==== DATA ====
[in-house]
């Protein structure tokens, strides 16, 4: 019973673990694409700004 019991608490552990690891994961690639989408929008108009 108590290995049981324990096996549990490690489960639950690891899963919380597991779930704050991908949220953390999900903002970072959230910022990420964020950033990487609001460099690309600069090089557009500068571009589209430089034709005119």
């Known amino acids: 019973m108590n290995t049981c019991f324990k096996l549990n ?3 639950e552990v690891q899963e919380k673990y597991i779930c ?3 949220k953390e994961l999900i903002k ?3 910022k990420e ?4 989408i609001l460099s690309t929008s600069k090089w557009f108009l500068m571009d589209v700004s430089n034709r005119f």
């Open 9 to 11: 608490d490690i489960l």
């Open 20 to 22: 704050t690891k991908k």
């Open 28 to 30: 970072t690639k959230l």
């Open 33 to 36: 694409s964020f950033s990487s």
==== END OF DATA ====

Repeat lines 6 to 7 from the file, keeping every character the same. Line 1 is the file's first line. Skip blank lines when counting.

């Open 28 to 30: 970072t690639k959230l």
């Open 33 to 36: 694409s964020f950033s990487s």